Weekly Book Round Up
I have been looking forward to Sunday all week just for this one moment:
After the morning calms down and the littles cuddle on the couch with a movie and I can sit with them and write about the books that have caught my attention in my magazines.
And the bonus? It's raining out. What's greater than books, coffee and a dreary, cool morning outside?
First though, I wanted to tell you about the book I got in the mail from Liz at Freckles in the Fog thanks to Kimberly's Book Swap at The Simplicity of Being Curious
Liz sent me Bel Canto, by Ann Panchett.
She also sent me the nicest note and a Keep Calm and Have a Cupcake bookmark. Pretty perfect, if you ask me!
I have heard of this book before, so I was happy she thought I would like it. It's been awarded several times and was included on Amazon's Best Books of the Year in 2001.
From Goodreads: In an unnamed South American country, a world-renowned soprano sings at a birthday party in honor of a visiting Japanese industrial titan. His hosts hope that Mr. Hosokawa can be persuaded to build a factory in their Third World backwater. Alas, in the opening sequence, just as the accompanist kisses the soprano, a ragtag band of 18 terrorists enters the vice-presidential mansion through the air conditioning ducts. Their quarry is the president, who has unfortunately stayed home to watch a favorite soap opera. And thus, from the beginning, things go awry.
Thanks so much to Liz! I can't wait to get started on it!
Okay, so on to the books that made news this week.
The one that MOST intrigued me was in People:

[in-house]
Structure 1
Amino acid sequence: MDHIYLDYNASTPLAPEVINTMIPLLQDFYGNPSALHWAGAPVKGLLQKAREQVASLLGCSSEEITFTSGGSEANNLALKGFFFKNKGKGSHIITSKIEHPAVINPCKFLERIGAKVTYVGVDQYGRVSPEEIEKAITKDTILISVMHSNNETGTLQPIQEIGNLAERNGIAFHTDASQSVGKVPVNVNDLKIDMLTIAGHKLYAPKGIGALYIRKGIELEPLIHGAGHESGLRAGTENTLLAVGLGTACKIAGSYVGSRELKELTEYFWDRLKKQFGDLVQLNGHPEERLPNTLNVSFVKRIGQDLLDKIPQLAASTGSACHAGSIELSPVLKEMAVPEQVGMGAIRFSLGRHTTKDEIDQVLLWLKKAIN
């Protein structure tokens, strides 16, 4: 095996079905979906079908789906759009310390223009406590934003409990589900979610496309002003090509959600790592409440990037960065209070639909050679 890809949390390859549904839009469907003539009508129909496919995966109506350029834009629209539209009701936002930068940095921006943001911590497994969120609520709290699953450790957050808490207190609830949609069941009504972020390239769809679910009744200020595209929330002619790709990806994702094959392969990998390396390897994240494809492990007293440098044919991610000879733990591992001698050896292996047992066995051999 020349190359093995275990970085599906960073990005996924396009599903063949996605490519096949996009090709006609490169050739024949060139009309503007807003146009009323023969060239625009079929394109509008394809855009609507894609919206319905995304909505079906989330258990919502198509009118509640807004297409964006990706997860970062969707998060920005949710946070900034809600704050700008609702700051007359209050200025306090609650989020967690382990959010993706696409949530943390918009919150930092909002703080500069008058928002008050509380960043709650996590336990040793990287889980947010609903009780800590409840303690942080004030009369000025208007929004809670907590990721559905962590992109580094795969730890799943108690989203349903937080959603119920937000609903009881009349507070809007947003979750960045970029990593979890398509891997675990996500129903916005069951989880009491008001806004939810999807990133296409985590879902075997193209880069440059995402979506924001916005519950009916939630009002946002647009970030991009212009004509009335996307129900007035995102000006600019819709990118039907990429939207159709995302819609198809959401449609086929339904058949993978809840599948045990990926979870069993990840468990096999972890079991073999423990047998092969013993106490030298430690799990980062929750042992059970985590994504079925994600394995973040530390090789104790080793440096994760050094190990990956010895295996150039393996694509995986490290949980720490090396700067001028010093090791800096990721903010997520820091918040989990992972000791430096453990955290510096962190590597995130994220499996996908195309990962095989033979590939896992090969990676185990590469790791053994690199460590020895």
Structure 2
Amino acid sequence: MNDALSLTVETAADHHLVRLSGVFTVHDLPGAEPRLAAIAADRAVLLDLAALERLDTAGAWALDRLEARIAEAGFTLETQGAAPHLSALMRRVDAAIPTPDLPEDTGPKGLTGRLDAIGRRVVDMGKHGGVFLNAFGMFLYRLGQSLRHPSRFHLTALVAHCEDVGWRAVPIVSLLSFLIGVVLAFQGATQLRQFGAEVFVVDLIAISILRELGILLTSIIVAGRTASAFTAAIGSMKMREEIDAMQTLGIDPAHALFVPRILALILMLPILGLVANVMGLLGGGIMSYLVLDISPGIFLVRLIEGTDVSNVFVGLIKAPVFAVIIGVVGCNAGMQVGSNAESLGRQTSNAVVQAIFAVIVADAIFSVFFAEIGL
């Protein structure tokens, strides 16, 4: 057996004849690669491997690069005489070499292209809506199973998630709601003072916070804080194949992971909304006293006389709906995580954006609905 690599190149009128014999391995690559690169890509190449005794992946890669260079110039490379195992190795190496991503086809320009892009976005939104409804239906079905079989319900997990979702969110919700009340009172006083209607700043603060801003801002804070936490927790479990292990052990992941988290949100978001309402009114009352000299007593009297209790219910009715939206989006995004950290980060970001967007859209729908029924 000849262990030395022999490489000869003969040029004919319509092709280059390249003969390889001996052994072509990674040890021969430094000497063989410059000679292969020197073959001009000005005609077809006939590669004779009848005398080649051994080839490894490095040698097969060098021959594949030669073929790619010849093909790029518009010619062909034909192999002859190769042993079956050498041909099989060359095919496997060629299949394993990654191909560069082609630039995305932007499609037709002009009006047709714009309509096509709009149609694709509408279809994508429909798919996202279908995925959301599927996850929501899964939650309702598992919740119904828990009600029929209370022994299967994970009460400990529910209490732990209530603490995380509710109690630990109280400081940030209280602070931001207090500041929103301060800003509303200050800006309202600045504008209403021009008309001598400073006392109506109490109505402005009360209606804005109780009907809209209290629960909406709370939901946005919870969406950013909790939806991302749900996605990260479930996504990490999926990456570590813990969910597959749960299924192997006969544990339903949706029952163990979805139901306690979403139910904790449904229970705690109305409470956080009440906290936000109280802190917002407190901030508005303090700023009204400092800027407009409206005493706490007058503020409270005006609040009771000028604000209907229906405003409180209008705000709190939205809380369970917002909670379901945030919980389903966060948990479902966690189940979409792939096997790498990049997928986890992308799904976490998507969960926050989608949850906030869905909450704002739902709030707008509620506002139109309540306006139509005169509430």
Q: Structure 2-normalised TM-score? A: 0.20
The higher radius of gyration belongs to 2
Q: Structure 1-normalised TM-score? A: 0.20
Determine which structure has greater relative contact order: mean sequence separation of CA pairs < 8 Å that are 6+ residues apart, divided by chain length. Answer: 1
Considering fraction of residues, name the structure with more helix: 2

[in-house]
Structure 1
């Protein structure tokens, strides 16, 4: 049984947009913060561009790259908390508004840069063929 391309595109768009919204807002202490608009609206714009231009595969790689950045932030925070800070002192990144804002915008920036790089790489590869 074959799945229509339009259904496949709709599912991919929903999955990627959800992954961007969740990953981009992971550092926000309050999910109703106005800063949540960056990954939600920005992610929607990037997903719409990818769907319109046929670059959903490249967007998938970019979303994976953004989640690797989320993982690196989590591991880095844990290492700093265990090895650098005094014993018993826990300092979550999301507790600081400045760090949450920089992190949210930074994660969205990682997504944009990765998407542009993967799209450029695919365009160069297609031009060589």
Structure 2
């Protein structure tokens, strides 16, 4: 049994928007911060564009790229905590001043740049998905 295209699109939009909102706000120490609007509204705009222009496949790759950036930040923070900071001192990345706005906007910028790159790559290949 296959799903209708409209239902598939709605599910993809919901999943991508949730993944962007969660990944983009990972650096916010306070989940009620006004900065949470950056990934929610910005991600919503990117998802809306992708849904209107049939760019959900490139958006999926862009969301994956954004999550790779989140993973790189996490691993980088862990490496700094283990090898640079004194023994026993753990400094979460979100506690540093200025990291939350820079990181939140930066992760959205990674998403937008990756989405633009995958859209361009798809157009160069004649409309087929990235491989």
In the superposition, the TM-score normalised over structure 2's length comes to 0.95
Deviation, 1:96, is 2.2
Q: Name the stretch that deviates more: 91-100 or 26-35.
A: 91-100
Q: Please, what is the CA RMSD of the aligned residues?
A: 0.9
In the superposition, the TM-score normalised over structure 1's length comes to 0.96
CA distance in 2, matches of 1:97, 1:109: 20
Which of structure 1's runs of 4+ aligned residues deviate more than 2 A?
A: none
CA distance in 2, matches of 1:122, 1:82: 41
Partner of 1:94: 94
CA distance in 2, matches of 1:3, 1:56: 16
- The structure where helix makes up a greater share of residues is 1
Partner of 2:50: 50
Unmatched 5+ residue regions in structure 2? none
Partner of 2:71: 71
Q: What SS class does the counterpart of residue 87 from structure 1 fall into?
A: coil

Chanel Bonfire by Wendy Lawless.
I LOVE memiors. I even love reading memoirs about people I have never even heard of. And then I obsessively Google them and trying to find pictures of them.
Wendy Lawless is an actress. I've never heard of her, but according to IMDB.com, she was on Caroline in the City and Grace Under Fire in the 90s, so I have probably seen her. Her story seems riveting:
"If the question 'What will happen next' is the one you are asking every day when your 9, you're pretty much guaranteed a fraught childhood," wrote the reviewer in People. Wendy's mother is a "gimlet downing, social climbing mother" who takes them to a candy store one day and locks them in a closet the next. She tells the story of how her mother ruined her and her sister's life. Apparently, Lawless' mother say her daughters as both her competition and what she couldn't live without.
This memoir interests me so much because I love reading about mother/daughter relationships and the reviewer says she tells this said story without self-pity, which I think is really brave.
This is another book I have been seeing popping up everywhere:
It was both in EW and Oprah this week.
From Goodreads: The ultimate fish-out-of-water tale . . .A child who never quite fit in, Rebecca Dana worshipped at the altar of Truman Capote and Nora Ephron, dreaming of one day ditching Pittsburgh and moving to New York, her Jerusalem. After graduating from college, she made her way to the city to begin her destiny. For a time, life turned out exactly as she’d planned: glamorous parties; beautiful people; the perfect job, apartment, and man. But when it all came crashing down, she found herself catapulted into another world. She moves into Brooklyn’s enormous Lubavitch community, and lives with Cosmo, a thirty-year-old Russian rabbi who practices jujitsu on the side.
One article about the book compared the main character to Carrie Bradshaw, and there's nothing that mystifies me more than New York City, so this story is right up my alley.
O Magazine also had a collection of titles they recommended:
Saturday Night Widows: "The true story of a New York journalist who forms a support group with five other widows, and how together they venture back into life.
Without realizing it, I chose all memoirs/non fiction this week!
Happy reading friends! If there are books you've read about or just recently put on your "to read" list, I want to hear about them!
Coming soon, I will review the book "In The Woods" by Tana French, which I just finished yesterday. Next, I'll be reading Divergent and the American Heiress. I am still listening to The Shoemaker's Wife by Adriani Tragiani, and I know, without even finishing it yet, that I will be one of my all time favorites for years to come.
Thanks Again, Kimberly, for a great swap! Check out her blog here!